Screen resolutions are skyrocketing, and no one likes small print.
A Web 2.0 design is simple, featuring plenty of whitespace, as well as a lack of superfluous elements.
You can’t go wrong with simplistic, attention-grabbing, easy to use navigation. Imagine a site with three tabs along the top, each pointing to the major sections of the site. Compare that to a site with a sidebar filled with twenty-seven links. Which do you think is better? If you can simplify your navigation without sacrificing ease of use, it’s definitely a good idea.
Branding is everything on the web. If a site isn’t memorable, people won’t come back. A unique logo, and a memorable name, is important. You know the way Apple always has an attention-grabbing image that fills the entire first screenful of their main page? That’s big with Web 2.0 sites.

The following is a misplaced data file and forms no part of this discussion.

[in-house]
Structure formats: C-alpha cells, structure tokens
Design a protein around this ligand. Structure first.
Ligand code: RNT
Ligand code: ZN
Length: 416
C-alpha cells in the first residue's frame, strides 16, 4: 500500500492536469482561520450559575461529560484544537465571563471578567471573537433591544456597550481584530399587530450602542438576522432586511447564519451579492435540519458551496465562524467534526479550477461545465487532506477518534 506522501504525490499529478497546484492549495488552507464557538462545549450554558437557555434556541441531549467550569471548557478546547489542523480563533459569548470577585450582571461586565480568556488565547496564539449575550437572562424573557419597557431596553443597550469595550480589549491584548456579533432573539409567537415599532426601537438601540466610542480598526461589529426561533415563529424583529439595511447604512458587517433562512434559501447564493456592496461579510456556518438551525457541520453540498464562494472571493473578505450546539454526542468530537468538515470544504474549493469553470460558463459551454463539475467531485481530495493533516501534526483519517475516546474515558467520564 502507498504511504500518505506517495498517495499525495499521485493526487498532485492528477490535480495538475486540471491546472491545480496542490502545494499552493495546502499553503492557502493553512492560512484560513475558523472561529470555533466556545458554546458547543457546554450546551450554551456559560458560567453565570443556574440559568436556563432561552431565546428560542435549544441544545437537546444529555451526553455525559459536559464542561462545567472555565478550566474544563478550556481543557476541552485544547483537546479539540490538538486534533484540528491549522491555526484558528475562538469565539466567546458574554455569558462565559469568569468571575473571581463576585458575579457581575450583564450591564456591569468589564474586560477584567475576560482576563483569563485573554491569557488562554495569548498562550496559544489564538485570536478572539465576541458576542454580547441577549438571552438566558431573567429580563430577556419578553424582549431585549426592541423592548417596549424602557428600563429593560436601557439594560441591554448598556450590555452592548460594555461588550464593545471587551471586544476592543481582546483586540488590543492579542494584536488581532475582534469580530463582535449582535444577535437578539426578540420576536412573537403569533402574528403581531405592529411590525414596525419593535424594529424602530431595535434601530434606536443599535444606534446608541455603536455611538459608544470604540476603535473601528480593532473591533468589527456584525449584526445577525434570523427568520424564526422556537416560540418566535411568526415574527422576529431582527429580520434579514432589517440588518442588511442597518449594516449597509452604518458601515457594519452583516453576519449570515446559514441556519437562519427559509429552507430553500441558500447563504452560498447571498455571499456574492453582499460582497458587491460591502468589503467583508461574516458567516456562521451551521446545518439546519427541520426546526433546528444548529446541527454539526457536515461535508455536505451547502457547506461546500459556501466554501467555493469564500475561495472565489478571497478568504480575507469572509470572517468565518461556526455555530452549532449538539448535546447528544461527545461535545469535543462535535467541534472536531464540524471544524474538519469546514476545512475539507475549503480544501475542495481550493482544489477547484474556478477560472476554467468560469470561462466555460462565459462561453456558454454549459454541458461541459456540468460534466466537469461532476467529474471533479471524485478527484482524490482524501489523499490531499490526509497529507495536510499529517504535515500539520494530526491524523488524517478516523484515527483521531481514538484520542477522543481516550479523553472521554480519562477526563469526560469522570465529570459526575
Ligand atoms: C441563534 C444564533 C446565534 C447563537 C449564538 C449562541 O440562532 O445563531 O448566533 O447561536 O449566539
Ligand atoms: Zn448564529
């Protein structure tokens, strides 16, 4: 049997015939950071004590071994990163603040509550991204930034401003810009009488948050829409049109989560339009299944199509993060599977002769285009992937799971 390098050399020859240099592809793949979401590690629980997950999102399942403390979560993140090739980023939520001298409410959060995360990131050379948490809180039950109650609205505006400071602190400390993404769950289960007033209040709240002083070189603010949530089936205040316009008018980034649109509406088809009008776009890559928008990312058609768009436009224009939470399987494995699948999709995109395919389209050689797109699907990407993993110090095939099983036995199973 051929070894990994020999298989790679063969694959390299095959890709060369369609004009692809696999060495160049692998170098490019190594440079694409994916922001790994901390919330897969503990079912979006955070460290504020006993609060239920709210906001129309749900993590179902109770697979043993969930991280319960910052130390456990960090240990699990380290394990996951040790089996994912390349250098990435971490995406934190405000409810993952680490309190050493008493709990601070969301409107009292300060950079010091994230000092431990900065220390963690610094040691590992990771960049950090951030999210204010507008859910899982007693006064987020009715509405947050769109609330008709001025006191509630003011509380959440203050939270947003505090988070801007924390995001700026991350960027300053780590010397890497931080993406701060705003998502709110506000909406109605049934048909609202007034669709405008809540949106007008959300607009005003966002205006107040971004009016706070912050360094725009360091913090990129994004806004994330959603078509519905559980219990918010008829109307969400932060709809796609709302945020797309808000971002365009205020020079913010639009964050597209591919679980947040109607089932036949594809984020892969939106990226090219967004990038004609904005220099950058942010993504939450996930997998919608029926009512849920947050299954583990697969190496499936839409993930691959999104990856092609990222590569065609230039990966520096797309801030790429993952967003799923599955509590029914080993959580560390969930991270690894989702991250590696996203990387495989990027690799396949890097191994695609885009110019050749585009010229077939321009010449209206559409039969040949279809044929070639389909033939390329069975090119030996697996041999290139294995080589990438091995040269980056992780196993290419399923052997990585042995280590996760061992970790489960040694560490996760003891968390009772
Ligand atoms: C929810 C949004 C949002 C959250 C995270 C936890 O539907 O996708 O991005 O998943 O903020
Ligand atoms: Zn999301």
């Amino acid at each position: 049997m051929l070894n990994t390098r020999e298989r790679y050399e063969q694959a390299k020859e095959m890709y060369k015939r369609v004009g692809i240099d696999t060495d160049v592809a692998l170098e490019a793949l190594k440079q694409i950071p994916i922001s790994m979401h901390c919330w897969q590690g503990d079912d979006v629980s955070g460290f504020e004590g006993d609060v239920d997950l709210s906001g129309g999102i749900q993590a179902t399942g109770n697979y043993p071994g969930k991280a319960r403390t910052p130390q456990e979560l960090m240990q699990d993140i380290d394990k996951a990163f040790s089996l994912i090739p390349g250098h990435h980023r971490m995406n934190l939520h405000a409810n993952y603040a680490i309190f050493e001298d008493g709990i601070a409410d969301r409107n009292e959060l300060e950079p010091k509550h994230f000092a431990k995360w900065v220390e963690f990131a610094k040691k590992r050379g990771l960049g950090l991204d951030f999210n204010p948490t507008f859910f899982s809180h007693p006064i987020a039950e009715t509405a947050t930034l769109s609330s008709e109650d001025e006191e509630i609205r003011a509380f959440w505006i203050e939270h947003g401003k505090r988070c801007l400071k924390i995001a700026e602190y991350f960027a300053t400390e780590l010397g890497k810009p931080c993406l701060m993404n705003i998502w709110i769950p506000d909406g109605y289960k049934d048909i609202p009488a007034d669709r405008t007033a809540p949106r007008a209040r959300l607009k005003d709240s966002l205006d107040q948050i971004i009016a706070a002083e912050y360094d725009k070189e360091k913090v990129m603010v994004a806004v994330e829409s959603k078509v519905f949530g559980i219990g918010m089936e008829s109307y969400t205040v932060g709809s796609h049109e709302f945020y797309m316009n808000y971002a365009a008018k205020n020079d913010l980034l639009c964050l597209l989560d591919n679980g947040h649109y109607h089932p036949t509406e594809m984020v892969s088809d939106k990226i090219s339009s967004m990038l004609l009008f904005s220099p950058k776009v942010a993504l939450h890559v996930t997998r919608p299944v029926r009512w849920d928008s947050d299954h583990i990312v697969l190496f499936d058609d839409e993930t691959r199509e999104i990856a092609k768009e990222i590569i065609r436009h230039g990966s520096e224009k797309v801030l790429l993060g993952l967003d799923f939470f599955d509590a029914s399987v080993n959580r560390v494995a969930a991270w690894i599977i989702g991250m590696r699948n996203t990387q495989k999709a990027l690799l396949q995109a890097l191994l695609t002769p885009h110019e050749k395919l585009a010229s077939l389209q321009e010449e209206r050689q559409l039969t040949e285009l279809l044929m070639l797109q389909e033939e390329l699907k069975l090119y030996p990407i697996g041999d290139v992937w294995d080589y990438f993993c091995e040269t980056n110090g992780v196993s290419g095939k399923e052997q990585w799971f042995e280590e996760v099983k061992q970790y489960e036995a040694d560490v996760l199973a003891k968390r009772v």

Gradients, Gloss, Flat Colors. Some Web 2.0 sites, like Pownce, make use of strong, flat, colors. Others use excessive amounts of gradients and gloss. The plastic and gradient effects are often overused, but they can look good if used sparingly.
Elements are more noticeable if they have relevant icons near them.